While The Great Gatsby was the primary source of inspiration for Great States on this record, The Last Tycoon along with some of Fitzgerald’s other short stories are some of my other personal favorites.
Why did you decide to come to Provo to perform? Had you heard things about Provo? If so, what did you hear about it?
I’ve actually visited a few times when I was younger – my dad lived in Orem for a year or so while working at the Sundance Mountain Resort. From what I remember, Lake Utah and the surrounding valley is absolutely gorgeous and that there’s a lot of cool stuff going on in the BYU area. I’m glad we’re coming through – it’s going to be a great weekend in Provo!
Do you know any of the bands you’re performing with?
We actually hadn’t heard of [any] prior to this show. But that’s always the fun part of touring though – we get to make new friends, see what other independent artists and bands like us are creating all over the country, and bring those communities together in small way each night.
What do you hope concert goers will take away from your show here?
Since it’s our first time playing in Provo, we want to make that good first impression. It’s definitely going to be a great night – the venue is awesome, the bands are awesome, the town is awesome – let’s have some fun!
Has your short film, “Puget Sound, WA,” been screened anywhere else since its entrance into the Albuquerque Film and Media Experience and Filmstock New Mexico festivals? Is it available anywhere online? How was that created, and how would you describe it?
The music video/short film for “Puget Sound, WA” was filmed back in 2014 with the help of our friends and family here in New Mexico. We’re really proud of it because it showcased a lot of the young talent that often gets overlooked here in Albuquerque and the surrounding areas – it was a 100% homegrown, community effort. The director, Alex Deeds, and his film crew did an incredible job at creating a visual narrative for the song. It’s so much more than just a Great States music video – definitely go watch it if you have the chance!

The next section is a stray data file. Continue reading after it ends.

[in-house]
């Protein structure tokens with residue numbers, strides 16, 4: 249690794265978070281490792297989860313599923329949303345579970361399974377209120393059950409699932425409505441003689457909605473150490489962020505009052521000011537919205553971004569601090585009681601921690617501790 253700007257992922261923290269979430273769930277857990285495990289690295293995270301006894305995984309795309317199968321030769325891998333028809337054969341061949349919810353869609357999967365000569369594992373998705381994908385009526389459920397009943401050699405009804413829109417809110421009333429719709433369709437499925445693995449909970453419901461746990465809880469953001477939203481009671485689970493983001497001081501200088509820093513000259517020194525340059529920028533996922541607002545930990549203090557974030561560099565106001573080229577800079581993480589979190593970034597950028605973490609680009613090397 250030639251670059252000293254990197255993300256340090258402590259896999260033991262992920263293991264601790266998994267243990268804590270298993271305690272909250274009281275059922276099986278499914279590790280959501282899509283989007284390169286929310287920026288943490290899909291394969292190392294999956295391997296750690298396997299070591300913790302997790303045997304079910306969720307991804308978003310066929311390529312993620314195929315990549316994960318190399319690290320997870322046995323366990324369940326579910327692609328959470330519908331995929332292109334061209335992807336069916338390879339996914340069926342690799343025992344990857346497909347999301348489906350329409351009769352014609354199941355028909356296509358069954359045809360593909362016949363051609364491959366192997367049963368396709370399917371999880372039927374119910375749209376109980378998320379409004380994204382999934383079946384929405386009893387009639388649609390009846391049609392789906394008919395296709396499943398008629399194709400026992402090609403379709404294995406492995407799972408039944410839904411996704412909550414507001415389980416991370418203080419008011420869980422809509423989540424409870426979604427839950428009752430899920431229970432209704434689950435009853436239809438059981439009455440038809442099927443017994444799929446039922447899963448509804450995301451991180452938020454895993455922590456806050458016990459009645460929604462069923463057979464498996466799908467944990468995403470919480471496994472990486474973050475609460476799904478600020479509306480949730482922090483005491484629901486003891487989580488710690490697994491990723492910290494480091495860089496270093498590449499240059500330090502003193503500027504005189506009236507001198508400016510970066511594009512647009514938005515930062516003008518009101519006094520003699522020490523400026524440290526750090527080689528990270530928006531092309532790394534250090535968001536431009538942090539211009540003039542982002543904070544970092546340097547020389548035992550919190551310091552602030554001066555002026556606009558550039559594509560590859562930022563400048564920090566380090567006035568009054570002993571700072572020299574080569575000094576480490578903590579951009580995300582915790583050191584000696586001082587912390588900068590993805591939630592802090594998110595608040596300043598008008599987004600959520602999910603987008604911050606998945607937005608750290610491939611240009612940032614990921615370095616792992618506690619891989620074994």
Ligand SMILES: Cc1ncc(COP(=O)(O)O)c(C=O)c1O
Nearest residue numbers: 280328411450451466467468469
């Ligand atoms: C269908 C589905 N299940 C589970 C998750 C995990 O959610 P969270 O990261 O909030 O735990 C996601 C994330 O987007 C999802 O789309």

You can view “Puget Sound, WA” on our website. (Click here to watch “Puget Sound, WA”)
As far as the festivals are concerned, the AFME and Filmstock festivals were it. It’s been a while, but the film may make its way back around.
What was it like taking the DIY route to a full-length album? Did you handle mixing and mastering on your own as well? How has the album been received in your opinion?
Doing Gatsby DIY was definitely difficult, but ultimately so rewarding. All we had going into the recording process were our instruments and a very limited amount of recording equipment – then it was just a matter of finding rooms that sounded good enough. For this record we handled mixing, but not mastering – that was done by Brian Schwab in Chicago.
We found that it was very much a “learn as you go” type of situation, which meant a lot of mistakes, doubts, frustration, etc., but we just got through it and ended up with something very honest and real. I think the DIY, barebones approach to this record is what makes it special to us. It’s like, “Look, mom. Look what we did all on our own – no one else – just us,” and I think people are responding positively to that.
You can to listen to Gatsby in its entirety on Spotify here. You can like the band on Facebook here. Great States will be performing at Muse Music this Saturday, April 16. Doors open at 8PM. Tickets are $7 at the door. You can listen to “Arcadia” below.